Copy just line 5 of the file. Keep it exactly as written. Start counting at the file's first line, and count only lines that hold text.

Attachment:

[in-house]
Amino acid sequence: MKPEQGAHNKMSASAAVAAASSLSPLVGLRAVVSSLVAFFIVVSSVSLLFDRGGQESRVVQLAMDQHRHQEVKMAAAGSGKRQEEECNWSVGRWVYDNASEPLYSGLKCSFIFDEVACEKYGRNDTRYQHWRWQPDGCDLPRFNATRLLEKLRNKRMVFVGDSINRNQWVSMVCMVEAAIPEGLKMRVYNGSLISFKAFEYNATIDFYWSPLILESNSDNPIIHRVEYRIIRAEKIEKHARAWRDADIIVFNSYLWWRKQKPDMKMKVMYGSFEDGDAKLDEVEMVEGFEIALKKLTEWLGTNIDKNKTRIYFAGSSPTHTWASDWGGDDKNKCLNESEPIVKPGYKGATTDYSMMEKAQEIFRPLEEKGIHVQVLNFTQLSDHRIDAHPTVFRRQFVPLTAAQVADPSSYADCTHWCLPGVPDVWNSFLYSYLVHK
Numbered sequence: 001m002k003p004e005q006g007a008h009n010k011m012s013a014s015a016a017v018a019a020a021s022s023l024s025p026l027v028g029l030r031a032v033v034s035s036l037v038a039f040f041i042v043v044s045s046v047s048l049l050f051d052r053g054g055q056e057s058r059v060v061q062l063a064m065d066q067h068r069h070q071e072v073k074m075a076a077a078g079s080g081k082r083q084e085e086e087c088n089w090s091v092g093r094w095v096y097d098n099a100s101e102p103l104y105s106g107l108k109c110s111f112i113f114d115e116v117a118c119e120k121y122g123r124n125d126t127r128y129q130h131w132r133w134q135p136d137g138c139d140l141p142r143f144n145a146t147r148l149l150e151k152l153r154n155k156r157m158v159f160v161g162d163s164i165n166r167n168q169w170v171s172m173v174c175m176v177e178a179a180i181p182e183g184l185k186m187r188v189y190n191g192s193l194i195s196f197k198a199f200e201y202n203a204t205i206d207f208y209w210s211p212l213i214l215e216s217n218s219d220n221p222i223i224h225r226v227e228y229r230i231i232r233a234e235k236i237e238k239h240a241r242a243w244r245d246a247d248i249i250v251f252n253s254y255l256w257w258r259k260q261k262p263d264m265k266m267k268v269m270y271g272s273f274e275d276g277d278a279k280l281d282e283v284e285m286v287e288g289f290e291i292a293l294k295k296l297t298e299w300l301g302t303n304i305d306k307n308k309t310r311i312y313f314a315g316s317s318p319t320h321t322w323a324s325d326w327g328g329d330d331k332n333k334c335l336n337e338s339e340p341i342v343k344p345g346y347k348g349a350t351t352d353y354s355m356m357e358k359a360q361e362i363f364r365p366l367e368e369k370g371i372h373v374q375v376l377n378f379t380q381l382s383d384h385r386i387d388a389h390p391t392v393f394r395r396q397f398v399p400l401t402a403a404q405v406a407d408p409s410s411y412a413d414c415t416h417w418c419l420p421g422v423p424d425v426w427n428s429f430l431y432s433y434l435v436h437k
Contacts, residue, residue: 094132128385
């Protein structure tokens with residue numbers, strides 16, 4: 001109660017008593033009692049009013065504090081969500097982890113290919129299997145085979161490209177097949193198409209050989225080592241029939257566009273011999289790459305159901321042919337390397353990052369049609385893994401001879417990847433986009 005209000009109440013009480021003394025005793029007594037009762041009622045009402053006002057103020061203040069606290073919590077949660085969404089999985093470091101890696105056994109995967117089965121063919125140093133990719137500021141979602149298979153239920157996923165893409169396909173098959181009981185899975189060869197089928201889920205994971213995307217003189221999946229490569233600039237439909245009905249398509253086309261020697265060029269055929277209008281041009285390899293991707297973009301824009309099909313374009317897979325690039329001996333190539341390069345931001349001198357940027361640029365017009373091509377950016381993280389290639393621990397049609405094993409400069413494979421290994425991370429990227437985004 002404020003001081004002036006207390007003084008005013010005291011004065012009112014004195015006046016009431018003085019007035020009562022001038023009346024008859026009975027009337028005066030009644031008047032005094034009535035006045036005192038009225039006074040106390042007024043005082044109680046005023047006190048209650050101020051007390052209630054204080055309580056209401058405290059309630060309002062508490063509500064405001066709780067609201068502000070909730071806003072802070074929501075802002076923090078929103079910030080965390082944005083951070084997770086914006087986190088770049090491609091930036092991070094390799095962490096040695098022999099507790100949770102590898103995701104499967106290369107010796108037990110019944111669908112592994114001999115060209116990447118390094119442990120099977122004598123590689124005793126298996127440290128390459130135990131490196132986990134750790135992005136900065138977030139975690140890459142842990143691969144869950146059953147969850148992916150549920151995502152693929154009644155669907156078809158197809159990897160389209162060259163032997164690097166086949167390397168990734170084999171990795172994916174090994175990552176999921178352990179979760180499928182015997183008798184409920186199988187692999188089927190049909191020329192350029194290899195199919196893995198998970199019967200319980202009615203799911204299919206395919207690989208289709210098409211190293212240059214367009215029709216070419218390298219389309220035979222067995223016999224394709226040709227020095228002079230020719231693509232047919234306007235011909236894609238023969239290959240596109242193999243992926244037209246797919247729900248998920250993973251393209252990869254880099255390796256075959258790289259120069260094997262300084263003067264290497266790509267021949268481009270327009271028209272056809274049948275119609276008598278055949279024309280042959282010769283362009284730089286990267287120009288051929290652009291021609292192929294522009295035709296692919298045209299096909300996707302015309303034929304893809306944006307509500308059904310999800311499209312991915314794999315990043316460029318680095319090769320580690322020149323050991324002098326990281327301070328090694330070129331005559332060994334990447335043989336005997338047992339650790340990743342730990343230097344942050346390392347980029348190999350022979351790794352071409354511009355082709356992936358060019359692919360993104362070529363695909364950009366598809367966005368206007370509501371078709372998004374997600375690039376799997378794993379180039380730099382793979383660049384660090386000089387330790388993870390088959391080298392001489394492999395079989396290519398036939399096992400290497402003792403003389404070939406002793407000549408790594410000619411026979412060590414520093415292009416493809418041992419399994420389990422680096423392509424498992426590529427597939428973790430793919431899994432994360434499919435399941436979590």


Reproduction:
């Protein structure tokens with residue numbers, strides 16, 4: 001109660017008593033009692049009013065504090081969500097982890113290919129299997145085979161490209177097949193198409209050989225080592241029939257566009273011999289790459305159901321042919337390397353990052369049609385893994401001879417990847433986009 005209000009109440013009480021003394025005793029007594037009762041009622045009402053006002057103020061203040069606290073919590077949660085969404089999985093470091101890696105056994109995967117089965121063919125140093133990719137500021141979602149298979153239920157996923165893409169396909173098959181009981185899975189060869197089928201889920205994971213995307217003189221999946229490569233600039237439909245009905249398509253086309261020697265060029269055929277209008281041009285390899293991707297973009301824009309099909313374009317897979325690039329001996333190539341390069345931001349001198357940027361640029365017009373091509377950016381993280389290639393621990397049609405094993409400069413494979421290994425991370429990227437985004 002404020003001081004002036006207390007003084008005013010005291011004065012009112014004195015006046016009431018003085019007035020009562022001038023009346024008859026009975027009337028005066030009644031008047032005094034009535035006045036005192038009225039006074040106390042007024043005082044109680046005023047006190048209650050101020051007390052209630054204080055309580056209401058405290059309630060309002062508490063509500064405001066709780067609201068502000070909730071806003072802070074929501075802002076923090078929103079910030080965390082944005083951070084997770086914006087986190088770049090491609091930036092991070094390799095962490096040695098022999099507790100949770102590898103995701104499967106290369107010796108037990110019944111669908112592994114001999115060209116990447118390094119442990120099977122004598123590689124005793126298996127440290128390459130135990131490196132986990134750790135992005136900065138977030139975690140890459142842990143691969144869950146059953147969850148992916150549920151995502152693929154009644155669907156078809158197809159990897160389209162060259163032997164690097166086949167390397168990734170084999171990795172994916174090994175990552176999921178352990179979760180499928182015997183008798184409920186199988187692999188089927190049909191020329192350029194290899195199919196893995198998970199019967200319980202009615203799911204299919206395919207690989208289709210098409211190293212240059214367009215029709216070419218390298219389309220035979222067995223016999224394709226040709227020095228002079230020719231693509232047919234306007235011909236894609238023969239290959240596109242193999243992926244037209246797919247729900248998920250993973251393209252990869254880099255390796256075959258790289259120069260094997262300084263003067264290497266790509267021949268481009270327009271028209272056809274049948275119609276008598278055949279024309280042959282010769283362009284730089286990267287120009288051929290652009291021609292192929294522009295035709296692919298045209299096909300996707302015309303034929304893809306944006307509500308059904310999800311499209312991915314794999315990043316460029318680095319090769320580690322020149323050991324002098326990281327301070328090694330070129331005559332060994334990447335043989336005997338047992339650790340990743342730990343230097344942050346390392347980029348190999350022979351790794352071409354511009355082709356992936358060019359692919360993104362070529363695909364950009366598809367966005368206007370509501371078709372998004374997600375690039376799997378794993379180039380730099382793979383660049384660090386000089387330790388993870390088959391080298392001489394492999395079989396290519398036939399096992400290497402003792403003389404070939406002793407000549408790594410000619411026979412060590414520093415292009416493809418041992419399994420389990422680096423392509424498992426590529427597939428973790430793919431899994432994360434499919435399941436979590």